Answer: The upside is that you would own the house. Although the home may not be in great shape, it presumably is an asset with some value. Whether it has enough value to be worthwhile, and whether you want to acquire it this way, are open questions.

If you and your husband buy the home for $1, the IRS will assume that your mother-in-law gave the two of you her property, and that can be problematic. The difference between the sale price of the home and its fair market value would be treated as a gift for gift tax purposes, said Mark Luscombe, principal analyst for Wolters Kluwer Tax & Accounting. Your mother-in-law probably wouldn’t owe gift taxes, but she likely would have to file a gift tax return, and the gift would use up part of her lifetime gift and estate tax exemption.

If the home is a gift, you get her tax basis, as well. If instead she bequeathed the home to you and your husband in her will, the home would get a new, stepped-up value for tax purposes. How big a deal this might be depends on a lot of factors, including which state the home is in, so you’d need to consult a tax professional for details.

On the other hand, taking title to the home before your mother-in-law dies ensures that you and your husband actually get this asset. If it’s left in a will, your mother-in-law could change her mind and leave it in full or in part to someone else. If she doesn’t have a will, the house would be divided according to state law, which probably means your husband would have to share the asset with his siblings.

There are other aspects to consider. Taking care of another person can be costly: Caregivers spend nearly 20% of their personal income on out-of-pocket costs related to helping a loved one, according to an AARP study in 2019.

Also, more than half of family caregivers adjust their work hours by taking time off, reducing their hours or quitting altogether, AARP researchers found. In addition to losing income, they can lose promotions, job security and opportunities to save for retirement.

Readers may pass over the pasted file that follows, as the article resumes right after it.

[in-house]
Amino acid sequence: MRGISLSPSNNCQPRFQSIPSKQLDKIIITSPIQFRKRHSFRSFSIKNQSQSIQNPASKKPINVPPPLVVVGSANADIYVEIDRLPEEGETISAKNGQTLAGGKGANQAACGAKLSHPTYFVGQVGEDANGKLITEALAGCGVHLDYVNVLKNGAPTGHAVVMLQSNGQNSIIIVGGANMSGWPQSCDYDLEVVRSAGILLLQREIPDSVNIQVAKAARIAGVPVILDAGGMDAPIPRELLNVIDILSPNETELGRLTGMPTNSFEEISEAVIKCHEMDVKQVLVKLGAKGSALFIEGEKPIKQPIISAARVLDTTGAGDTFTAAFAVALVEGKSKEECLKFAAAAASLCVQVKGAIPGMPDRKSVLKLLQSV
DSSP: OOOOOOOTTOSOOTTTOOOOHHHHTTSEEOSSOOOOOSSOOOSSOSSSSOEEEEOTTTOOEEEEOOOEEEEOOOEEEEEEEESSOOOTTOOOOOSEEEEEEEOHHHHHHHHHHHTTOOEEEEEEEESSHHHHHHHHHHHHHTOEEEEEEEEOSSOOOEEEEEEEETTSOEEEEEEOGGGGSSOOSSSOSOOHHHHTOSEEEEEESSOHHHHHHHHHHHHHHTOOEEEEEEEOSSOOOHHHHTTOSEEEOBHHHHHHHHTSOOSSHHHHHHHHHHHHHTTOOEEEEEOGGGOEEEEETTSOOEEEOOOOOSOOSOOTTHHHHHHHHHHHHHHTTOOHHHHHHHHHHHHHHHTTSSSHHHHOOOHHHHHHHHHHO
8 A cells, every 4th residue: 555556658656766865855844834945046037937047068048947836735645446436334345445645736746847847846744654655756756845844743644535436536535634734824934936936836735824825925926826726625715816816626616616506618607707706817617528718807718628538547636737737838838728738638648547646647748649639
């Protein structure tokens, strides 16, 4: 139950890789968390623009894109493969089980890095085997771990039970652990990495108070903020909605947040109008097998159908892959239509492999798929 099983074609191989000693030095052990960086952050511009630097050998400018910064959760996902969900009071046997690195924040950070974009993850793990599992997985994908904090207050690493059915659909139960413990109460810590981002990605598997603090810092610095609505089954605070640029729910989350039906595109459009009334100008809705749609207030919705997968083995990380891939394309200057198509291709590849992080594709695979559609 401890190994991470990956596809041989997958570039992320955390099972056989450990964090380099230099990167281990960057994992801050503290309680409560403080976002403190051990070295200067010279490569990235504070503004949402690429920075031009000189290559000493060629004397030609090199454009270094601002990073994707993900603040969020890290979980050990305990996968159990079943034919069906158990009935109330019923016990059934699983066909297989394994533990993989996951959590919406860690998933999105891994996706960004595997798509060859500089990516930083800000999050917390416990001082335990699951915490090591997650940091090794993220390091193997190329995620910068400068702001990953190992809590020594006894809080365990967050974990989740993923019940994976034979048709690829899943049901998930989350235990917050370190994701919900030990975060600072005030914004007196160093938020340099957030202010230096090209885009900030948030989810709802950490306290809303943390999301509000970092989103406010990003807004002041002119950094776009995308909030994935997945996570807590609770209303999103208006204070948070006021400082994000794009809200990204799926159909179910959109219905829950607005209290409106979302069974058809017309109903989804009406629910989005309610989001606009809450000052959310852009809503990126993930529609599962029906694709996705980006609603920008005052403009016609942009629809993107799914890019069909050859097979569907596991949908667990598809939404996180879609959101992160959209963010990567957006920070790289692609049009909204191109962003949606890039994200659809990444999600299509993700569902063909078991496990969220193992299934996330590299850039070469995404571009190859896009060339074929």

Caregiving also is associated with higher levels of stress, worse health and increased risk of death, according to the Centers for Disease Control.

Before you take on this task, consider hiring a geriatric care manager to help you assess your mother-in-law’s needs and discuss alternatives. You can get referrals from the Aging Life Care Assn.

Q&A: A sudden death brings a financial quandary

Dear Liz: My son suddenly passed away and his $1-million life insurance policy was awarded to me, his mother. I want the money to be divided equally between his two children for future use. They are 18 and 15 now. What financial vehicle should I use? The funds are in my money market account just waiting to be placed into something.

Answer: Please use some of the money to pay for individualized counsel from advisors who are fiduciaries. Fiduciary means the advisor is required to put your best interests first. Most advisors are not fiduciaries but you can find financial planners who are through the National Assn. of Personal Financial Advisors, the XY Planning Network, the Garrett Planning Network and the Alliance of Comprehensive Planners.

The vehicle or vehicles you use for the money will depend on your goals and how you want to distribute the funds over time. You’ll need good advice about how to invest, minimize taxes and incorporate the money into your own estate plan. Distributing money to your grandchildren can trigger the need to file gift tax returns, although you wouldn’t actually owe gift taxes until you’d given away millions of dollars.

Your son may have chosen you as his beneficiary because he trusted you to do right by his children. Or he may not have updated his beneficiaries since applying for the policy. (More than a few ex-spouses have wound up with life insurance proceeds because the policy owner didn’t update the beneficiaries after the divorce.) It’s a good idea to check the beneficiaries on any life insurance once a year or after any major life change to make sure the money is still going where you want.

Q&A: Here’s how to pick the best retirement account

Dear Liz: Can you explain the difference between a Roth IRA and a Roth 401(k)? What are the benefits of a Roth 401(k)? My company offers it and I am considering beginning to make deferral contributions there while continuing my 401(k) contributions.

Answer: Contributions to Roth IRAs and Roth 401(k)s are after tax, which means you don’t get an upfront tax deduction as you do with traditional IRA and 401(k) accounts. But the money grows tax deferred and can be tax free in retirement.

You typically open and contribute to a Roth IRA at a brokerage, which gives you access to a wide range of investment options. Just like traditional 401(k) accounts, Roth 401(k)s are offered by an employer, usually with a limited number of investment choices.

Roth 401(k)s allow people to contribute significantly more than they could to Roth or traditional IRAs. Roth 401(k)s also allow contributions by higher earners, who might be shut out of contributing to a Roth IRA.

Roth IRA contributions are limited to $6,000 with a $1,000 catch-up contribution for people ages 50 and older. Your ability to contribute begins to phase out at certain income limits. This year, the phaseouts start at $125,000 of modified adjusted gross income for single filers and $198,000 for married couples filing jointly.